Design Considerations for Bent Axis Motors


The piston shaft (tapered section shown in Fig. 5.15) does not provide the linkage that ensures that the cylinder block rotates with the output shaft. This linkage is provided with another mechanism. Different manufacturers use various mechanisms to develop this synchronizing torque, and this detail is beyond the scope of this text. The key point is that the full output torque of the motor is not transmitted through the synchronizing mechanism, only the torque to keep the cylinder block turning in synch with the output shaft.


Generally speaking, the maximum speed of an axial piston motor (in-line design or bent axis design) is limited by the requirement to maintain an oil film between the piston and wall of the cylinder. As the cylinder block rotates, centrifugal force throws the pistons out against the cylinder wall. A heavier piston produces a higher centrifugal force and thus a higher potential for the oil to be squeezed out of the clearance between the piston and cylinder bore. Loss of this film results in metal-to-metal contact and a “burn” of the piston, or cylinder bore, or both.

Two design features have been incorporated in bent axis motors to reduce the potential for loss of the oil film between piston and cylinder bore.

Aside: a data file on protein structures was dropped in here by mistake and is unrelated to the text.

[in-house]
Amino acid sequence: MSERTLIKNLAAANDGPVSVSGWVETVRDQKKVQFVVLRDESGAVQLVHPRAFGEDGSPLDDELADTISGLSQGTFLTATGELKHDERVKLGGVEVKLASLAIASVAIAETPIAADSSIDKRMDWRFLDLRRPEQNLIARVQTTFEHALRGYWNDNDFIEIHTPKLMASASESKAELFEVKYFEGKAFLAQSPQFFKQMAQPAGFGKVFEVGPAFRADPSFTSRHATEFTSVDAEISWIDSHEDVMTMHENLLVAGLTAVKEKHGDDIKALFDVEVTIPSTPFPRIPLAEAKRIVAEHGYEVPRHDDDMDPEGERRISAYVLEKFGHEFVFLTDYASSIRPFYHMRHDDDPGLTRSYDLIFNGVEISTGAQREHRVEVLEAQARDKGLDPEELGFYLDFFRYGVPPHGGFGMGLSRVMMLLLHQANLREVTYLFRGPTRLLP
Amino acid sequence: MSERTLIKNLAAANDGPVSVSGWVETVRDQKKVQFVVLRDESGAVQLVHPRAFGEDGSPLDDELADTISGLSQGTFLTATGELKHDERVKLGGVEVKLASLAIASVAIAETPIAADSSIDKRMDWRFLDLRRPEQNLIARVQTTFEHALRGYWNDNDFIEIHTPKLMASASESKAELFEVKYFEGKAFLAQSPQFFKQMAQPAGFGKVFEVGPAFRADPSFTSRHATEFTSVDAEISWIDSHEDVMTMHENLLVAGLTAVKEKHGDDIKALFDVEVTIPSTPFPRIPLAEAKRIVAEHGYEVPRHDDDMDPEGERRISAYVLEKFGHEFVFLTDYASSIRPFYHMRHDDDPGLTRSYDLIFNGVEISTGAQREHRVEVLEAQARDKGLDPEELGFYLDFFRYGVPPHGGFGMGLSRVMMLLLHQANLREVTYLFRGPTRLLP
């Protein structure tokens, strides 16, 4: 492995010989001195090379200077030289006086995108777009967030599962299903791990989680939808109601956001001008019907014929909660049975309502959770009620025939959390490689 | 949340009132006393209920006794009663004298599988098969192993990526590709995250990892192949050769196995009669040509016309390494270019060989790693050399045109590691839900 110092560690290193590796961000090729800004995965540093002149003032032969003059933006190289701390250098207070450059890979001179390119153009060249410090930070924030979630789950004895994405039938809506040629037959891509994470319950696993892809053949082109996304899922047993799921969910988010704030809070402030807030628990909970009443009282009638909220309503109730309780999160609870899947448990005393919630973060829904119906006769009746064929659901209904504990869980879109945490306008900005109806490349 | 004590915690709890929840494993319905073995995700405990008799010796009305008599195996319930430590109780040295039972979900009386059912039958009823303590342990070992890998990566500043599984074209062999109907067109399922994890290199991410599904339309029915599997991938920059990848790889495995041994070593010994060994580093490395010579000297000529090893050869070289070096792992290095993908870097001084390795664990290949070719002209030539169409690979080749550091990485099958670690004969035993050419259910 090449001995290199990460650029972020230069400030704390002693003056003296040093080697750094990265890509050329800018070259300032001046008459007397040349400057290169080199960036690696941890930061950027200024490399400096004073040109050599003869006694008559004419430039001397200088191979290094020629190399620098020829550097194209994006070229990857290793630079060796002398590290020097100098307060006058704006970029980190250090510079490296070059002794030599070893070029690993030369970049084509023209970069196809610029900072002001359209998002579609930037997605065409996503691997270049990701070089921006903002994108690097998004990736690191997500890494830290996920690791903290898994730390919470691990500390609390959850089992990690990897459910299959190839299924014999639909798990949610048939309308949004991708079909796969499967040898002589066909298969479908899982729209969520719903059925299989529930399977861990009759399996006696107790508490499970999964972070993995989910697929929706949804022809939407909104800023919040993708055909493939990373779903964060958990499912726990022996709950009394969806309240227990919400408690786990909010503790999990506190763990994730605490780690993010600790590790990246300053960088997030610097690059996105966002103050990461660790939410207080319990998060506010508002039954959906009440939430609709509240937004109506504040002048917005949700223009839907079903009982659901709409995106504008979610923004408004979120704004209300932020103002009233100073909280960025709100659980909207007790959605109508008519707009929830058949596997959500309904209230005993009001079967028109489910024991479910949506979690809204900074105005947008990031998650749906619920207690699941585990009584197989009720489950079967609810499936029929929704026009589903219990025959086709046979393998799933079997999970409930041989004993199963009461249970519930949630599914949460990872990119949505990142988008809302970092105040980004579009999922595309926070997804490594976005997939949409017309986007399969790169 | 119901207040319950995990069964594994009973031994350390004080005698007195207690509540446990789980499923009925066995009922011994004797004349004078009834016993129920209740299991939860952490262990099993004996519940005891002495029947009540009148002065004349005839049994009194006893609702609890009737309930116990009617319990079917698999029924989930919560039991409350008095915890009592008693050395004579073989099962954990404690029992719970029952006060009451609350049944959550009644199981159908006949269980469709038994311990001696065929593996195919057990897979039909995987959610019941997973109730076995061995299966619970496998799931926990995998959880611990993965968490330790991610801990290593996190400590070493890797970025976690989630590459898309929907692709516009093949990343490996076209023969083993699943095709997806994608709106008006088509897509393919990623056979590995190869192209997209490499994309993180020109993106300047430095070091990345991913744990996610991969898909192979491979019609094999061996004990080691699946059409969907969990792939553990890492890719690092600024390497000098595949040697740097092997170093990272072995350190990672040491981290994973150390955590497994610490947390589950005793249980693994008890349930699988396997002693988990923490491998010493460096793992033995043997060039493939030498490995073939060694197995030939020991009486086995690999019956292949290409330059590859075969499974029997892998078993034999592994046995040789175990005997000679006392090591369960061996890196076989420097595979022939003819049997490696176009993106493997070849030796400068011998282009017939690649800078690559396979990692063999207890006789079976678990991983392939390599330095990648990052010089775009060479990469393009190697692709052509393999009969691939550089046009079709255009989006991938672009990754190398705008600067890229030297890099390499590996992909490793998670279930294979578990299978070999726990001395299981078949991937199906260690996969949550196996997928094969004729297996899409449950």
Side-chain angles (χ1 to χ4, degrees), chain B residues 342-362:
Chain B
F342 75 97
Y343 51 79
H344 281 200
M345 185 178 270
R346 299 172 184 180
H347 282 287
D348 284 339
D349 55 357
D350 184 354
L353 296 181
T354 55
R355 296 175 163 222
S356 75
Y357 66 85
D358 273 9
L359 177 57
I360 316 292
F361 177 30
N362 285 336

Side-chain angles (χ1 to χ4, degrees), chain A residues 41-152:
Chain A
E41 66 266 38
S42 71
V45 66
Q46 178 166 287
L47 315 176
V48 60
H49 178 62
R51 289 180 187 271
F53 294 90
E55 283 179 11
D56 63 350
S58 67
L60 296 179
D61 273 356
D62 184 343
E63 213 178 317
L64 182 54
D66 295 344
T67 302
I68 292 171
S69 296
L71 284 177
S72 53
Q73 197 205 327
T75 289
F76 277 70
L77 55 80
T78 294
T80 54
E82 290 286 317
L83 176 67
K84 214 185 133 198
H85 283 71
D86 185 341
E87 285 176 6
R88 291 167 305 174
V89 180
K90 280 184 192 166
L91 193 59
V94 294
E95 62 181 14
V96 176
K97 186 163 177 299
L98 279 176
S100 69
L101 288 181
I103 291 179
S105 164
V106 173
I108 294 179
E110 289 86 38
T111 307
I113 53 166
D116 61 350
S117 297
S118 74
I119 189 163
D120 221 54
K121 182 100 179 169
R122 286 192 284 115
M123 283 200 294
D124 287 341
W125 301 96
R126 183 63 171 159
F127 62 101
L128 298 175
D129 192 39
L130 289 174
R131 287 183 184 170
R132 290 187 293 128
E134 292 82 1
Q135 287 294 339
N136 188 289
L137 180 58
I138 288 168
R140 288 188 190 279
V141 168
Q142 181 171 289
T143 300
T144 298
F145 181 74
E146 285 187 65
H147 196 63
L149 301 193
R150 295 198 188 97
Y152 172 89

1. Lighter pistons are used. Also, the end in contact with the cylinder bore is shaped to minimize the contact area between the piston and cylinder bore.
2. A synchronizing mechanism minimizes the side load on the pistons. This mechanism transmits the torque required to keep the cylinder block in synch with the output shaft.

Given the lighter-weight piston, coupled with the small contact area of the spherical end, and the elimination of the requirement for the piston to transmit much (if any) side force, the bent axis design can run at higher speeds for a given displacement than can the in-line design.

The reader can appreciate that the lightweight pistons (with needed tight tolerances) and the synchronizing mechanism are not easy to build. Bent axis designs are expensive. There are certain performance advantages, and, if these advantages are fully utilized, the bent axis design can be very cost competitive.

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